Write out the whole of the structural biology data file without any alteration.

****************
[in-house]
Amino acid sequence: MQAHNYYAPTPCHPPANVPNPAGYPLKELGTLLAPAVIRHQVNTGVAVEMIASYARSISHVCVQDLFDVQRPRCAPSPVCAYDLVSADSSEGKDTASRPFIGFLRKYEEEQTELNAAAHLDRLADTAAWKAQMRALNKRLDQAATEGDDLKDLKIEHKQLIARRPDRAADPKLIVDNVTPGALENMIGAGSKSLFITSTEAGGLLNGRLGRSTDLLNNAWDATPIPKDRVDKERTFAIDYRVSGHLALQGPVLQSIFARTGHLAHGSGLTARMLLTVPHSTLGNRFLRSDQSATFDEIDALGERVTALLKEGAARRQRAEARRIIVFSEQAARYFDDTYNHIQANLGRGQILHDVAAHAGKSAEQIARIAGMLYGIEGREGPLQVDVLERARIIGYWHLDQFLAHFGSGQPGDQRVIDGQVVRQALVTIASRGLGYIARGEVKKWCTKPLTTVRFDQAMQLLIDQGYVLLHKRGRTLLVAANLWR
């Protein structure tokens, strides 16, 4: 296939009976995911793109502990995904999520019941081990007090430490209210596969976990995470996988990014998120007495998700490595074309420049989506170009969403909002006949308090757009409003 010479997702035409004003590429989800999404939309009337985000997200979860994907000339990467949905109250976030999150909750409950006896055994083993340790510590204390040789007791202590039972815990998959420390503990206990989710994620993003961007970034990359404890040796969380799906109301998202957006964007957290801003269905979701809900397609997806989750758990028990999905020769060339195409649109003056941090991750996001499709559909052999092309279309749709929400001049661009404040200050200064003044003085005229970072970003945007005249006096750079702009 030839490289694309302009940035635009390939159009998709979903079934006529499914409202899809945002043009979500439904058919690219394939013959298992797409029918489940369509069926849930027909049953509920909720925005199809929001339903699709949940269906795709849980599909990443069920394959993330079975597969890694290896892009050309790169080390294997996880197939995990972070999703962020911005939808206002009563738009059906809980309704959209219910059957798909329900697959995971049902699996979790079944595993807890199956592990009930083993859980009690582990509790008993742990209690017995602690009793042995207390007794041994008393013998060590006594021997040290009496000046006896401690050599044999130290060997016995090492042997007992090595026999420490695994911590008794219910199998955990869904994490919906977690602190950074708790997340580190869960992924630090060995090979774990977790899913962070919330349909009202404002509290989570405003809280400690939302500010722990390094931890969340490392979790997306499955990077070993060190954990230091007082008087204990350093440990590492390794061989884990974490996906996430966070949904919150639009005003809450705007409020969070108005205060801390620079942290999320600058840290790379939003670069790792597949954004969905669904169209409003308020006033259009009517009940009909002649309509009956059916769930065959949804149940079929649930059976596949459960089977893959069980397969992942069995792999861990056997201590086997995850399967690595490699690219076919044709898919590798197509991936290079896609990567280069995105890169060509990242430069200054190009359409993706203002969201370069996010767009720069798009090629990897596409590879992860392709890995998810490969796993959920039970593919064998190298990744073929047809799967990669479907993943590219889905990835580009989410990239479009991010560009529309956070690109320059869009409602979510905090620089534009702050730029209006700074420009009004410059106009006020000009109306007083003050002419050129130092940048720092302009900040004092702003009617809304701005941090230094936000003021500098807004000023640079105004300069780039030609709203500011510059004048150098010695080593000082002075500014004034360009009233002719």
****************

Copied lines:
[in-house]
Amino acid sequence: MQAHNYYAPTPCHPPANVPNPAGYPLKELGTLLAPAVIRHQVNTGVAVEMIASYARSISHVCVQDLFDVQRPRCAPSPVCAYDLVSADSSEGKDTASRPFIGFLRKYEEEQTELNAAAHLDRLADTAAWKAQMRALNKRLDQAATEGDDLKDLKIEHKQLIARRPDRAADPKLIVDNVTPGALENMIGAGSKSLFITSTEAGGLLNGRLGRSTDLLNNAWDATPIPKDRVDKERTFAIDYRVSGHLALQGPVLQSIFARTGHLAHGSGLTARMLLTVPHSTLGNRFLRSDQSATFDEIDALGERVTALLKEGAARRQRAEARRIIVFSEQAARYFDDTYNHIQANLGRGQILHDVAAHAGKSAEQIARIAGMLYGIEGREGPLQVDVLERARIIGYWHLDQFLAHFGSGQPGDQRVIDGQVVRQALVTIASRGLGYIARGEVKKWCTKPLTTVRFDQAMQLLIDQGYVLLHKRGRTLLVAANLWR
């Protein structure tokens, strides 16, 4: 296939009976995911793109502990995904999520019941081990007090430490209210596969976990995470996988990014998120007495998700490595074309420049989506170009969403909002006949308090757009409003 010479997702035409004003590429989800999404939309009337985000997200979860994907000339990467949905109250976030999150909750409950006896055994083993340790510590204390040789007791202590039972815990998959420390503990206990989710994620993003961007970034990359404890040796969380799906109301998202957006964007957290801003269905979701809900397609997806989750758990028990999905020769060339195409649109003056941090991750996001499709559909052999092309279309749709929400001049661009404040200050200064003044003085005229970072970003945007005249006096750079702009 030839490289694309302009940035635009390939159009998709979903079934006529499914409202899809945002043009979500439904058919690219394939013959298992797409029918489940369509069926849930027909049953509920909720925005199809929001339903699709949940269906795709849980599909990443069920394959993330079975597969890694290896892009050309790169080390294997996880197939995990972070999703962020911005939808206002009563738009059906809980309704959209219910059957798909329900697959995971049902699996979790079944595993807890199956592990009930083993859980009690582990509790008993742990209690017995602690009793042995207390007794041994008393013998060590006594021997040290009496000046006896401690050599044999130290060997016995090492042997007992090595026999420490695994911590008794219910199998955990869904994490919906977690602190950074708790997340580190869960992924630090060995090979774990977790899913962070919330349909009202404002509290989570405003809280400690939302500010722990390094931890969340490392979790997306499955990077070993060190954990230091007082008087204990350093440990590492390794061989884990974490996906996430966070949904919150639009005003809450705007409020969070108005205060801390620079942290999320600058840290790379939003670069790792597949954004969905669904169209409003308020006033259009009517009940009909002649309509009956059916769930065959949804149940079929649930059976596949459960089977893959069980397969992942069995792999861990056997201590086997995850399967690595490699690219076919044709898919590798197509991936290079896609990567280069995105890169060509990242430069200054190009359409993706203002969201370069996010767009720069798009090629990897596409590879992860392709890995998810490969796993959920039970593919064998190298990744073929047809799967990669479907993943590219889905990835580009989410990239479009991010560009529309956070690109320059869009409602979510905090620089534009702050730029209006700074420009009004410059106009006020000009109306007083003050002419050129130092940048720092302009900040004092702003009617809304701005941090230094936000003021500098807004000023640079105004300069780039030609709203500011510059004048150098010695080593000082002075500014004034360009009233002719």